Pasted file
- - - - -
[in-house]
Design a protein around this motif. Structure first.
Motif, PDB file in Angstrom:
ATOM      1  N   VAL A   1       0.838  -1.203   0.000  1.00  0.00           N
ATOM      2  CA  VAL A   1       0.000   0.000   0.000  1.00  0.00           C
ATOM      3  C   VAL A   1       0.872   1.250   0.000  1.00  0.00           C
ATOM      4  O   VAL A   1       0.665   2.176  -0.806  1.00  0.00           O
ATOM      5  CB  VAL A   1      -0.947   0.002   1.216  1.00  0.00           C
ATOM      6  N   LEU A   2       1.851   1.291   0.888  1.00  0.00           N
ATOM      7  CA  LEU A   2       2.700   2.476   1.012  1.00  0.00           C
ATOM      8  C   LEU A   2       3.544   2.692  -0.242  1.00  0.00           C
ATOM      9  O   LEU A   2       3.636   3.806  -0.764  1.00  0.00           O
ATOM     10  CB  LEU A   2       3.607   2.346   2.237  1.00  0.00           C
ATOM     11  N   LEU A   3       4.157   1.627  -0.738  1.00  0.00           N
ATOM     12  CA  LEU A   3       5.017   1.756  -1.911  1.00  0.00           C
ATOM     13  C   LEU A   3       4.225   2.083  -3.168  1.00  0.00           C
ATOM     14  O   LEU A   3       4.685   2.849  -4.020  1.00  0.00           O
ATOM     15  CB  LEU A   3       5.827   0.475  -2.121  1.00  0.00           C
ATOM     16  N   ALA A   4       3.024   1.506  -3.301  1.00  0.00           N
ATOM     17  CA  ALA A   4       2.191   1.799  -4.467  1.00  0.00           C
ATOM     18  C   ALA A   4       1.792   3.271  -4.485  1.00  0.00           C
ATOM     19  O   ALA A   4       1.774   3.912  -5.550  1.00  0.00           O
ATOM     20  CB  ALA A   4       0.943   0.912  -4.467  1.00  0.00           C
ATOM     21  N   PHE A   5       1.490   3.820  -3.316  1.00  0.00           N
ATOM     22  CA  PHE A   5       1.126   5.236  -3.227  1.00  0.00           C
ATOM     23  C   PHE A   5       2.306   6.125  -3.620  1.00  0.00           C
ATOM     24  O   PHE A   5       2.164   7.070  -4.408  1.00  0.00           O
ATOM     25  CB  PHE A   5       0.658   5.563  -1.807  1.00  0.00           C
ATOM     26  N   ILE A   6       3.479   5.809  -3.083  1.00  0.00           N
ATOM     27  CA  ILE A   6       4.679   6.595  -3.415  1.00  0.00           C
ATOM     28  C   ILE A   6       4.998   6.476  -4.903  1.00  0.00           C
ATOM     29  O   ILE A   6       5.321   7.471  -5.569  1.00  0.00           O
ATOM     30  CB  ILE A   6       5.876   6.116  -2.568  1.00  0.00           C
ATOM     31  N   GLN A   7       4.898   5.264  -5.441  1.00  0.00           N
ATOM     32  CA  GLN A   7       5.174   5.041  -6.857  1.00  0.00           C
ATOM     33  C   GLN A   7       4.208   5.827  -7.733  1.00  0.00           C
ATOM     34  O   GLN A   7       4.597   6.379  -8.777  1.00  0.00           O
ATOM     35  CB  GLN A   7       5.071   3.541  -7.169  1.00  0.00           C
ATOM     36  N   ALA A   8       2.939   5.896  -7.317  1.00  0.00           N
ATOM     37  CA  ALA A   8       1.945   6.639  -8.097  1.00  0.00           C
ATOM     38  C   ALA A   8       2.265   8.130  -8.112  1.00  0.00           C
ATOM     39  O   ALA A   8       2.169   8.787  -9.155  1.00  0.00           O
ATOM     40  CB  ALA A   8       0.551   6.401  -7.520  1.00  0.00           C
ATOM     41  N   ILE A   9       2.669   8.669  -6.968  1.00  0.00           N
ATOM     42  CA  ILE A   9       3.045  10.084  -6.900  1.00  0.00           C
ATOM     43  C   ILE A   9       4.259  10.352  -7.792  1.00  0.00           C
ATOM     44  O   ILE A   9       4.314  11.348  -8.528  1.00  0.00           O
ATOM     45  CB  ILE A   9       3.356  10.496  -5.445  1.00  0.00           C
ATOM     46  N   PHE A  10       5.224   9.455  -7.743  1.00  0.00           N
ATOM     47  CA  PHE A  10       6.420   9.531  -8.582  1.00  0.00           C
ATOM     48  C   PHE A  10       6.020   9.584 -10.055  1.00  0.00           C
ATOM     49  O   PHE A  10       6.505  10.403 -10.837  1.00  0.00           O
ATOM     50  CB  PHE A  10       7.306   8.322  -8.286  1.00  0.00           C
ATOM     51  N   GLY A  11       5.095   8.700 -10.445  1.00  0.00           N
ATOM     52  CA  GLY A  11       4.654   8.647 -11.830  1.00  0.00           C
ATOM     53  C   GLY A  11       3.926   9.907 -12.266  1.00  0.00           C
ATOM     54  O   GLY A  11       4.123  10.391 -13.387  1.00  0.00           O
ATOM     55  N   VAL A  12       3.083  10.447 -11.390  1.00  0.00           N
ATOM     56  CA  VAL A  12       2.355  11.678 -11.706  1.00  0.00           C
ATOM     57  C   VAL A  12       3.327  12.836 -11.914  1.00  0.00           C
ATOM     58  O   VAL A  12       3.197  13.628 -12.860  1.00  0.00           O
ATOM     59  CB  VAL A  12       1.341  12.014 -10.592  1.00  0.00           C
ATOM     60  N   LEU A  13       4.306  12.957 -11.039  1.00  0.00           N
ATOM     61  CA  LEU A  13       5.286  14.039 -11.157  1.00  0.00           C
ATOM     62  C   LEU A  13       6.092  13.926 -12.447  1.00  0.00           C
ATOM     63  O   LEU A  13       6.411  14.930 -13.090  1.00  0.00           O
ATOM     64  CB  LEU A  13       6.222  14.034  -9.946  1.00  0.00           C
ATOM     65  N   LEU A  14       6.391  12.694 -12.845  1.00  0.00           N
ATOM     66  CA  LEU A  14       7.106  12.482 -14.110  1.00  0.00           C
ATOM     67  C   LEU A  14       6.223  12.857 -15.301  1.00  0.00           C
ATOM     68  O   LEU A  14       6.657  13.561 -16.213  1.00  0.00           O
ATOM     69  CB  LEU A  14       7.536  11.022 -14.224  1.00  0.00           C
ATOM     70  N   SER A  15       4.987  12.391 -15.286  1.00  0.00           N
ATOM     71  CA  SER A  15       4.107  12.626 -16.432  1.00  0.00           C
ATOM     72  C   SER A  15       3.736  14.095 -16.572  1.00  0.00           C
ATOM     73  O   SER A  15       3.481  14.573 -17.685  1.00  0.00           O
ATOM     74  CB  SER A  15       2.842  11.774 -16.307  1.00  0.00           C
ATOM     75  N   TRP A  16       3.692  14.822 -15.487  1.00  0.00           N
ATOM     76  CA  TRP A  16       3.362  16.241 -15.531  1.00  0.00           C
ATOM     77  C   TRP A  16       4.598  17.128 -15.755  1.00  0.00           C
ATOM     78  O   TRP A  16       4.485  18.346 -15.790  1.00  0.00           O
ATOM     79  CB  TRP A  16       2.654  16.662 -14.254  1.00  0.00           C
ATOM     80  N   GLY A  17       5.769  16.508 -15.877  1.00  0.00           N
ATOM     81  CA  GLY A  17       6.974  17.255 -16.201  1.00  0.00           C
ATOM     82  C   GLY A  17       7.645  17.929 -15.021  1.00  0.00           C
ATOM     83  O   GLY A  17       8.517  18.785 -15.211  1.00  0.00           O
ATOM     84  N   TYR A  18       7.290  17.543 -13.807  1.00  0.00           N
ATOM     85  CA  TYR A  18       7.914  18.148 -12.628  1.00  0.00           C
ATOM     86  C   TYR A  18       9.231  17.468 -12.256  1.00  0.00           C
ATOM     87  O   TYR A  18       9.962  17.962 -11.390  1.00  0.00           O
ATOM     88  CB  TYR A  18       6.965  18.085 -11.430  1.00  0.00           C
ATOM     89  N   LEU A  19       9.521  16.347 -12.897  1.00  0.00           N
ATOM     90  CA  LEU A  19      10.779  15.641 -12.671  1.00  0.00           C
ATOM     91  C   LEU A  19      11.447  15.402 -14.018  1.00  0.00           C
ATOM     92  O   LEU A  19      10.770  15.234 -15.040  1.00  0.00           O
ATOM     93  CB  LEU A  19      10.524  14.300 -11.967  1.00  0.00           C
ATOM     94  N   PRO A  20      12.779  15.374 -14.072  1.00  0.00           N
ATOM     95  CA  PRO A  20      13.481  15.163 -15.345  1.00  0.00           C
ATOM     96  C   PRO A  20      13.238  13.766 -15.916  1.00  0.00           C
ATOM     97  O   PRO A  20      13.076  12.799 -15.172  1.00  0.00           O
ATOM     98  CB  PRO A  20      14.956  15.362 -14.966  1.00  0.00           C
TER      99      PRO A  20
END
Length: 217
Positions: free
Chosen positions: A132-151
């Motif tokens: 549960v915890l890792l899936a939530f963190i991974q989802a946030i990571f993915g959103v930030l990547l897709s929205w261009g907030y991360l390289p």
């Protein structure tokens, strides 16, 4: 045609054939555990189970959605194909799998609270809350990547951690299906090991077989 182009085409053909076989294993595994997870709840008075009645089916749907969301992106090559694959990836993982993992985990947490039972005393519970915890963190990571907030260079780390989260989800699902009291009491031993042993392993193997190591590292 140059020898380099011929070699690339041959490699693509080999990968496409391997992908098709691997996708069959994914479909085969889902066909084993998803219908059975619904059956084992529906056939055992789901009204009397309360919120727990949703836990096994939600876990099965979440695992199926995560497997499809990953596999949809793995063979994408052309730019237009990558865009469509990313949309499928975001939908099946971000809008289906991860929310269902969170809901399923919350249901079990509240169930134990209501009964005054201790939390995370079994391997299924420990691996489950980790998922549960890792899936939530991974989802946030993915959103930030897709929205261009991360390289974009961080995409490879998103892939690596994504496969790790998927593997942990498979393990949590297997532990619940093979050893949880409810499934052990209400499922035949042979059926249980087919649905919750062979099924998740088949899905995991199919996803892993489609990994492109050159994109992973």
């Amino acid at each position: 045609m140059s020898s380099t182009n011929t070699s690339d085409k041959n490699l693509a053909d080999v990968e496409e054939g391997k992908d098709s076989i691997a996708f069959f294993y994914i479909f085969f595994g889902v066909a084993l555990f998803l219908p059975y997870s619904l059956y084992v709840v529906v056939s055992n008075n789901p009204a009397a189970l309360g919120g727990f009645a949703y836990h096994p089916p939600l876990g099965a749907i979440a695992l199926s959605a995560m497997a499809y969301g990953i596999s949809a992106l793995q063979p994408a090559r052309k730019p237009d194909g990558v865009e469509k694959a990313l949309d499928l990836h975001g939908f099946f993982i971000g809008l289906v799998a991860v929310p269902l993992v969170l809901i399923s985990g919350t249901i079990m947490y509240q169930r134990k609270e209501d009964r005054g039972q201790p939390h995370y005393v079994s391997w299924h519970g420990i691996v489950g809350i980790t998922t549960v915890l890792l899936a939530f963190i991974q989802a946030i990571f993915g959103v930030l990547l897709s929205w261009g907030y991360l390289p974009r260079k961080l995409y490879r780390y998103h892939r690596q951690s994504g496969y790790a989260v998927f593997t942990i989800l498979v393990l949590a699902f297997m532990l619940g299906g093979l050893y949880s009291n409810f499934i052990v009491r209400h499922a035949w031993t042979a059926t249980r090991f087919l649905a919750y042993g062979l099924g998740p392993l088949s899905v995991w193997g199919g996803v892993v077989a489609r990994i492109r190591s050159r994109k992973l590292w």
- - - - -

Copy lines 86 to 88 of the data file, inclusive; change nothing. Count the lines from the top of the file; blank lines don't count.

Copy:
ATOM     83  O   GLY A  17       8.517  18.785 -15.211  1.00  0.00           O
ATOM     84  N   TYR A  18       7.290  17.543 -13.807  1.00  0.00           N
ATOM     85  CA  TYR A  18       7.914  18.148 -12.628  1.00  0.00           C